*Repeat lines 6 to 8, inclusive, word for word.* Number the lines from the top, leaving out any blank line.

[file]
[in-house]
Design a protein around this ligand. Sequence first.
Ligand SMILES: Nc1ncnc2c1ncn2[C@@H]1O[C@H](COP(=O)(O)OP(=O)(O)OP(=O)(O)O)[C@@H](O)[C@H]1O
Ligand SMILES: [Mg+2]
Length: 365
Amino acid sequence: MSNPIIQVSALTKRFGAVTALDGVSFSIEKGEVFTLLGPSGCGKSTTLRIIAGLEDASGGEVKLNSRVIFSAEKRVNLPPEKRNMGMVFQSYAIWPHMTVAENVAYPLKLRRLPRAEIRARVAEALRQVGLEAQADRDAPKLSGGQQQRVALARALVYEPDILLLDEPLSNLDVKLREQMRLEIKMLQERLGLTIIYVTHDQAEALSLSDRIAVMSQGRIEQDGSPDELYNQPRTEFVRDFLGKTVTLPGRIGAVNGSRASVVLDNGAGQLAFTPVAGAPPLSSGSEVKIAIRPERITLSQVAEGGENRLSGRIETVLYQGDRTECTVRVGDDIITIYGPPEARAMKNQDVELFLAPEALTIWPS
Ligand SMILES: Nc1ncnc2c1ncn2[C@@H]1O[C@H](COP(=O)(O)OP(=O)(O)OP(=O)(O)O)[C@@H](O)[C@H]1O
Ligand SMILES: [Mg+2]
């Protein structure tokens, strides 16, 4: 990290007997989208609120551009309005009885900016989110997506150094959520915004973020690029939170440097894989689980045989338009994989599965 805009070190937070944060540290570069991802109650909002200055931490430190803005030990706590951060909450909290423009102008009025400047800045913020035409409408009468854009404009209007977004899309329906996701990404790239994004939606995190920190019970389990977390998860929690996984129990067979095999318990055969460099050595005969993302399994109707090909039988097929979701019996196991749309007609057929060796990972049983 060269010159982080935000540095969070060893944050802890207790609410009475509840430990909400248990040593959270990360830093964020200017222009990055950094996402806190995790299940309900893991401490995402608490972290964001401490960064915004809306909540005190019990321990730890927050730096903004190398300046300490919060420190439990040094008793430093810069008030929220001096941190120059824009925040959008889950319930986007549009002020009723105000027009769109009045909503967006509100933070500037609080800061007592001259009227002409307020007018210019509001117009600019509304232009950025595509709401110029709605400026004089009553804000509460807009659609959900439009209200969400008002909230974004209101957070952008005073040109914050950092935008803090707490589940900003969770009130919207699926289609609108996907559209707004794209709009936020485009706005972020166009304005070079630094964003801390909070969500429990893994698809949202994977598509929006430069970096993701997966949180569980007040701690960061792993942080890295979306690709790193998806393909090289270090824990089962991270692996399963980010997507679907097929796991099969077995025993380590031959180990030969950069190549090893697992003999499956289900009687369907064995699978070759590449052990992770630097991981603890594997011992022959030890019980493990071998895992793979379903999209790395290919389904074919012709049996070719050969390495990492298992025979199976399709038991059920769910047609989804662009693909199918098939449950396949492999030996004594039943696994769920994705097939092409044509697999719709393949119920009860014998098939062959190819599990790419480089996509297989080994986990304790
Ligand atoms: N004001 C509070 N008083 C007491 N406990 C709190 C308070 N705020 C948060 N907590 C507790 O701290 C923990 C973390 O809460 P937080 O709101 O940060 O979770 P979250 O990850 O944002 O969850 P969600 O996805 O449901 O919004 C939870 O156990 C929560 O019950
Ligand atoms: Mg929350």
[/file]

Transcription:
Amino acid sequence: MSNPIIQVSALTKRFGAVTALDGVSFSIEKGEVFTLLGPSGCGKSTTLRIIAGLEDASGGEVKLNSRVIFSAEKRVNLPPEKRNMGMVFQSYAIWPHMTVAENVAYPLKLRRLPRAEIRARVAEALRQVGLEAQADRDAPKLSGGQQQRVALARALVYEPDILLLDEPLSNLDVKLREQMRLEIKMLQERLGLTIIYVTHDQAEALSLSDRIAVMSQGRIEQDGSPDELYNQPRTEFVRDFLGKTVTLPGRIGAVNGSRASVVLDNGAGQLAFTPVAGAPPLSSGSEVKIAIRPERITLSQVAEGGENRLSGRIETVLYQGDRTECTVRVGDDIITIYGPPEARAMKNQDVELFLAPEALTIWPS
Ligand SMILES: Nc1ncnc2c1ncn2[C@@H]1O[C@H](COP(=O)(O)OP(=O)(O)OP(=O)(O)O)[C@@H](O)[C@H]1O
Ligand SMILES: [Mg+2]